Blue Blackout Spark SL microphone£169
A while ago we brought you news of the latest mic from Blue, the Blackout Spark SL. Well, I loved how it looked so I asked to see if we could play with one.
Blue Microphones have been the go to brand for many a podcaster and home recording musician for a while now, and for good reason. Their USB-connected mics are perfect for no-nonsense but quality audio recordings straight in to your computer. I dare say that most podcasters will have had a Yeti on their desk at some point.
These days even gamers are upping their, errr, game and bringing in pro level mics instead of relying on the all-in-one headset and mic kit. Funnily enough, I have been using a gaming headset and mic for podcasts for the last year or so. This will explain why I am comparing the Blackout Spark SL with the Astro A40 TR headset – not a fair fight, I agree, but that’s the way it goes sometimes.
Blackout Spark SL design
I do like its retro styling. It also looks the business on the end of a boom stand.
The main torso of the device is a neat, almost matte black. The collars and cuffs, so to speak, are a lovely shiny anodised finish.
The cardioid-only polar pattern greatly reduces pickup of background noise. This is ideally employed for recording a single gamer, speaker, or vocalist.
There are two switches on the body of the mic, a 100Hz high pass filter and -20dB pad.
It weighs in at 327g which is reassuringly substantial without being too ungainly.
The mic measures 4.5 x 4.5 x 22 cm with an XLR fitting at the end as well as a threaded collar for the bundled shockmount.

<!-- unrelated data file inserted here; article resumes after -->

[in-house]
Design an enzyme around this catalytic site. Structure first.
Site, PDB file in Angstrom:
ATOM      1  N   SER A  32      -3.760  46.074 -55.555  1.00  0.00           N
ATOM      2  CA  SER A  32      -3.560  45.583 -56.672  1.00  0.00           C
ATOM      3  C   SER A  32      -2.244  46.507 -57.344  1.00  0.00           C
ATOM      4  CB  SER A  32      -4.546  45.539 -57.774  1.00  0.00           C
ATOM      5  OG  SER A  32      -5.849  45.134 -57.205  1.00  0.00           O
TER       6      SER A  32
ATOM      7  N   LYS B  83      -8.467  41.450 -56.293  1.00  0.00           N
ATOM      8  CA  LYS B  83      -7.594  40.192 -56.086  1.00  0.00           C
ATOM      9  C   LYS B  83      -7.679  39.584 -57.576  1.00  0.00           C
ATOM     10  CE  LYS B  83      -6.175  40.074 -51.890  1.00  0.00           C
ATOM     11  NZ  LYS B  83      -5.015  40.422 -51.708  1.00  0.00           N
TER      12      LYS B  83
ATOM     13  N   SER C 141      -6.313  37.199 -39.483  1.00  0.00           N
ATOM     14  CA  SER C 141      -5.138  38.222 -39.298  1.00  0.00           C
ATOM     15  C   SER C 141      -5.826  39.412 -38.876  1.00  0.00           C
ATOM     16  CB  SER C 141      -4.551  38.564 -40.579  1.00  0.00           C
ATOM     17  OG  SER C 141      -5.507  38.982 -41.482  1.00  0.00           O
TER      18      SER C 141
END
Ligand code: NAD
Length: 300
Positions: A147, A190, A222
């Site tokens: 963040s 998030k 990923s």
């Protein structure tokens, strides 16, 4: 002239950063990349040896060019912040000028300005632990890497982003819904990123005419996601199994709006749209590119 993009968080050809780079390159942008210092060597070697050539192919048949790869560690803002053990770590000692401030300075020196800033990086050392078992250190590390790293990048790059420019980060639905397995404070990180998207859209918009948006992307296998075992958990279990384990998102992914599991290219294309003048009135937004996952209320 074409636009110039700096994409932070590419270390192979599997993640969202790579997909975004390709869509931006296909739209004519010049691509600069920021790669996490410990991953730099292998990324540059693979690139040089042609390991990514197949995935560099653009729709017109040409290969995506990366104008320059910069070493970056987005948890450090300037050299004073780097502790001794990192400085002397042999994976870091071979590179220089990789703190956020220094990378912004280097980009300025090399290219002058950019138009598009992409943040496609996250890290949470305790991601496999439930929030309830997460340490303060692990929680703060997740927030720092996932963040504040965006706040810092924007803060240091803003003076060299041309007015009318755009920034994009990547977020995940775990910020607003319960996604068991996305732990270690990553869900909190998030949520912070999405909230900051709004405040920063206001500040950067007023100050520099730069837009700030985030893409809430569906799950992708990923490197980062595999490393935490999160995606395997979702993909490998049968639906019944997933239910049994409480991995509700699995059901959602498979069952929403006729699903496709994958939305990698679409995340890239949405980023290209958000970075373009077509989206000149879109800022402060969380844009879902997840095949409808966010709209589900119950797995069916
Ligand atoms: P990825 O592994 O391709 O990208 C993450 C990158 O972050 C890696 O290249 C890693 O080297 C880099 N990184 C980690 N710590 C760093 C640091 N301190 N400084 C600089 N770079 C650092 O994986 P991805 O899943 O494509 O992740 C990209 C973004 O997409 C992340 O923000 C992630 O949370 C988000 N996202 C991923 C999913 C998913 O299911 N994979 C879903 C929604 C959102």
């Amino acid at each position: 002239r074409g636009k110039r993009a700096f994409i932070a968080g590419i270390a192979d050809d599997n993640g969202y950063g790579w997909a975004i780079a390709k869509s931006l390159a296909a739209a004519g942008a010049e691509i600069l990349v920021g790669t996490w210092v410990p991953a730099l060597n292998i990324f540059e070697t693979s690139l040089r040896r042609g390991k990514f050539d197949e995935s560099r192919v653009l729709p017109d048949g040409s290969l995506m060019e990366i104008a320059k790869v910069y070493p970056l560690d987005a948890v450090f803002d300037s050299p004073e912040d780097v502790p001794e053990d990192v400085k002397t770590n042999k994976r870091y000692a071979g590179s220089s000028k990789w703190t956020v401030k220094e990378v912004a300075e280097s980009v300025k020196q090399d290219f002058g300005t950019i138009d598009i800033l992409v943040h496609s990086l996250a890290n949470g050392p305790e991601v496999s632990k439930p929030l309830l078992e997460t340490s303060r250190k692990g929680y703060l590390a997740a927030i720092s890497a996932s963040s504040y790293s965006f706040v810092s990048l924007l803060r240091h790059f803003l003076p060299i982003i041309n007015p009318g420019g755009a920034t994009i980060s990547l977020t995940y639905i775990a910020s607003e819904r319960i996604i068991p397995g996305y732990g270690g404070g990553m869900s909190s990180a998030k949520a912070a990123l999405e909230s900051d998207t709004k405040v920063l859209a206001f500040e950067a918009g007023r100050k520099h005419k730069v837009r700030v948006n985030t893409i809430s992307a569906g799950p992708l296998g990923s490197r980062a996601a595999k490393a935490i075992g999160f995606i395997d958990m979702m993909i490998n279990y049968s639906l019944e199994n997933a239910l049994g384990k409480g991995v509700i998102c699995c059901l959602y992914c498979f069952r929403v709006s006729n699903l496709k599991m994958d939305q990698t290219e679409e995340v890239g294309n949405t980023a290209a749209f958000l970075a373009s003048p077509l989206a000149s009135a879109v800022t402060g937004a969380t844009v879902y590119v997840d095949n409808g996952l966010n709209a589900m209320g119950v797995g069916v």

Blackout Spark SL performance
Being fitted with an XLR connector means that it is already geared up for pro use. XLR is the standard fitting used for mixing desks, and pro audio interfaces. Before you start thinking that you have to go out and spend more money on a desk or interface, worry not. Blue has you covered.
What I used to connect the Blackout Spark SL to my PC was Blue’s own natty Icicle interface.
This simple USB converter packs a mic preamp and so lets you connect your XLR microphone directly to your computer via USB. Thanks to its 48V phantom power, you can even connect premium studio condenser mics such as the Blackout Spark SL.
Usually, if I record any vocals I generally use one of my trust Sure SM58s through my now aging TC Electronics Impact Twin. However, all that is a faff as I’d have to break it down and then set everything up again on a weekly basis if I used it for podcasting.
This is why I have been utilising the Astro A40 TR gaming headset with mic. It’s there on my PC and ready to go whenever I need it.
It’s clear enough and you can make out what I am saying.
Here’s the Blue mic:
This is without either of the switches engaged so basically as it comes out of the box.
I think you will agree that the Blue Blackout Spark SL doesn’t just sound clearer, but the audio is also more defined and with a more natural weight to the voice. Furthermore, there feels to be more space, or air, around my voice. An all together more enjoyable listen, in my opinion.
Blackout Spark SL review conclusion
I have no qualms in saying that, if you are serious about podcasting, gamecasting, radio presenting or want to up your home music recording game, then the Blue Blackout Spark SL will not disappoint.
Yes, I do like the black finish, but my love for this mic is more than skin deep.
Having the shockmount bundled in with the mic means that all you have to do is fit it to a boom mic stand and perhaps sling on a pop-shield and you’re good to go. Add in the natty little Icicle USB converter and you’ve an excellent home or portable casting station.
Blackout Spark SL price and availability
The Blue Blackout Spark SL has a MSRP of £169.99, and available at Amazon.co.uk.
For more information visit: www.bluedesigns.com/blackout-spark-sl.